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Don't tell the West, but Vladimir Putin isn't changing. The Russian President has skipped their little 'lesson' on 21st century politics in favor of his own, unadulterated, version. In what we've come to expect, Putin is set to formally absorb South Ossetia – Georgia's breakaway republic – and Gazprom is prepared to deny Europe up to one-quarter of its annual exports to the continent. What's more, the conflict continues in Ukraine and allegations of Russian financing are growing louder.

As we remarked earlier, Russia has enjoyed a less than ideal start to 2015. In line with crude prices, the ruble has tumbled nearly 60 percent since its high last June. The country is hemorrhaging its foreign exchange reserves and desperately trying to rein in capital flight, which hit record levels in 2014 and is on track for more of the same this year. On Friday, Moody's Investors Service slashed Russia's credit rating to the lowest investment grade, with a cut to junk looming. The ratings cuts – which also targeted oil and gas companies Gazprom, Gazprom Neft, and LUKoil – represent serious stumbling blocks, but Western sanctions remain the primary source of Russia's financing woes.

What about those sanctions? Well, more may soon be on the way as the Kremlin is preparing to finalize an "alliance and integration" treaty with South Ossetia, which will place the renegade republic under Russia's umbrella. Specifically, the agreement will begin to integrate the ostensibly Georgian territory with Russia assuming control of the borders, customs enforcement, and internal security. The standard of living in Russia and even the North Caucasus marks an improvement for South Ossetia, but the motive for Russia is less clear. At the very least, it's a nominal attempt to assert dominance over a CIS – and larger post-Soviet region – that has increasingly more in common with the West than the Motherland.

The "fresh wrench" from Moscow will certainly kill EU momentum to significantly scale back Ukraine-related sanctions, where the situation remains confrontational. A bus attack near Donetsk recently killed 12 civilians and new allegations have emerged of Russian-backed violence. Ukraine's Security Service has accused LUKoil and Ukrainian businessman Sergei Kurchenko of smuggling petroleum products and laundering as much as $2 billion in illicit proceeds to fund both the Donetsk and Lugansk People's Republic, charges both parties deny. With no end in sight to the finger pointing, the saga looks to continue to define Russia's radical movements on the periphery – recent gas ultimatum included.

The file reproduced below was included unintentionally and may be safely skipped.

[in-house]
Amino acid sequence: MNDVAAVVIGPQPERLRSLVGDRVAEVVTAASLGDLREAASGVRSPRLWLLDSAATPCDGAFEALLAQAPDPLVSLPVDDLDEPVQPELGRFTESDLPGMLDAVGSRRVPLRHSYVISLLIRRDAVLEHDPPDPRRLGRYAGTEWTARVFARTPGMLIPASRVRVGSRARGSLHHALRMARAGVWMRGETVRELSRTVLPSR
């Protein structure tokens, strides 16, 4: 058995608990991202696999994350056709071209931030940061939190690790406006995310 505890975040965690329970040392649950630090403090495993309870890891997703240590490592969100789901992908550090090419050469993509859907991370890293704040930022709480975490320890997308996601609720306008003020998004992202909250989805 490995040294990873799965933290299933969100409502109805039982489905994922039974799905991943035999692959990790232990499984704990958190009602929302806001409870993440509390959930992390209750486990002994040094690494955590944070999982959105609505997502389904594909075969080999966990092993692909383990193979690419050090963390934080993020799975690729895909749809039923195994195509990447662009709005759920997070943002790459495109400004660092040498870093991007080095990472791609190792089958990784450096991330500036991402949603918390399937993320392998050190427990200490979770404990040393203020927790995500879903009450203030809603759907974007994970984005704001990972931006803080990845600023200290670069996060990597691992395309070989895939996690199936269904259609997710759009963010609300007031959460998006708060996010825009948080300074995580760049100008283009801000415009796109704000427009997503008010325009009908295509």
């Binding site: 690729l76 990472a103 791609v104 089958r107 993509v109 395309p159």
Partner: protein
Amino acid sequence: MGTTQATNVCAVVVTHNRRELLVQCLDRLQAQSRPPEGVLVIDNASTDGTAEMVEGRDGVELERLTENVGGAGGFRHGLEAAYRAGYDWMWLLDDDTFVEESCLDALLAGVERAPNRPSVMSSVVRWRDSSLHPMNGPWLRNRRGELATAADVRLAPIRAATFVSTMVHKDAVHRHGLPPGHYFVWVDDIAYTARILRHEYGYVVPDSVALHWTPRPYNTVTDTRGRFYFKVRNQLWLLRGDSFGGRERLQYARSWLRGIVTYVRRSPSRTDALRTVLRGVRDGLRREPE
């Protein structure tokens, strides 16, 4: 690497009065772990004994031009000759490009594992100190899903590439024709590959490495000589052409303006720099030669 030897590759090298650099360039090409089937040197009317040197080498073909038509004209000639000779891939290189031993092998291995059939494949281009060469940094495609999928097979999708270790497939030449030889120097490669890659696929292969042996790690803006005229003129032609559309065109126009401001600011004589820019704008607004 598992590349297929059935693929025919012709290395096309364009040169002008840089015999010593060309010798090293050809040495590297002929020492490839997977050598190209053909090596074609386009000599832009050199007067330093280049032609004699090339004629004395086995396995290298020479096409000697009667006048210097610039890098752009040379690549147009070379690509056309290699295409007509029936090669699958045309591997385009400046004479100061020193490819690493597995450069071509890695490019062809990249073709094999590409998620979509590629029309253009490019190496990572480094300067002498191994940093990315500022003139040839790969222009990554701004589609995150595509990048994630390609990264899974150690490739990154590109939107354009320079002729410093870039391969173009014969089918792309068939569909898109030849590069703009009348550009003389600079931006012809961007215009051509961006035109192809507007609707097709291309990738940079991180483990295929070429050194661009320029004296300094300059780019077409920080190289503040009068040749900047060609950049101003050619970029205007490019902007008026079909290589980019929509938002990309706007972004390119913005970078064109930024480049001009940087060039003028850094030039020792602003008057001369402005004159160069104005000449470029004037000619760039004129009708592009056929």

Last week, Russia and Gazprom announced plans to shift natural gas flows through Ukraine to a new route in Turkey. Seen as an unnecessary risk, Gazprom plans to cut exports to Europe via Ukraine within the next two years and is offering little consolation to its most established clients. In 2013, Russia met approximately 30 percent of Europe's gas demand – more than 50 percent of which traveled through Ukraine. The EU has been tasked with constructing adequate infrastructure to market the gas to its consumers – the alternative, Gazprom says, is no gas. For its part, Gazprom will otherwise market the unused gas at an as of now non-existent Turkish hub in an "if you build it, they will come" approach that leaves much to be desired. Vice President of the European Commission's Energy Union Maros Sefcovic believes a solution will be found, but underlined the bloc's prioritization of transiting to a low-carbon economy sooner rather than later.

In the early goings, 2015 looks to bring little respite to what is truly an unfortunate collapse of diplomacy. It's a symbiotic relationship gone wrong – the problem for Russia is Europe can afford to stand alone.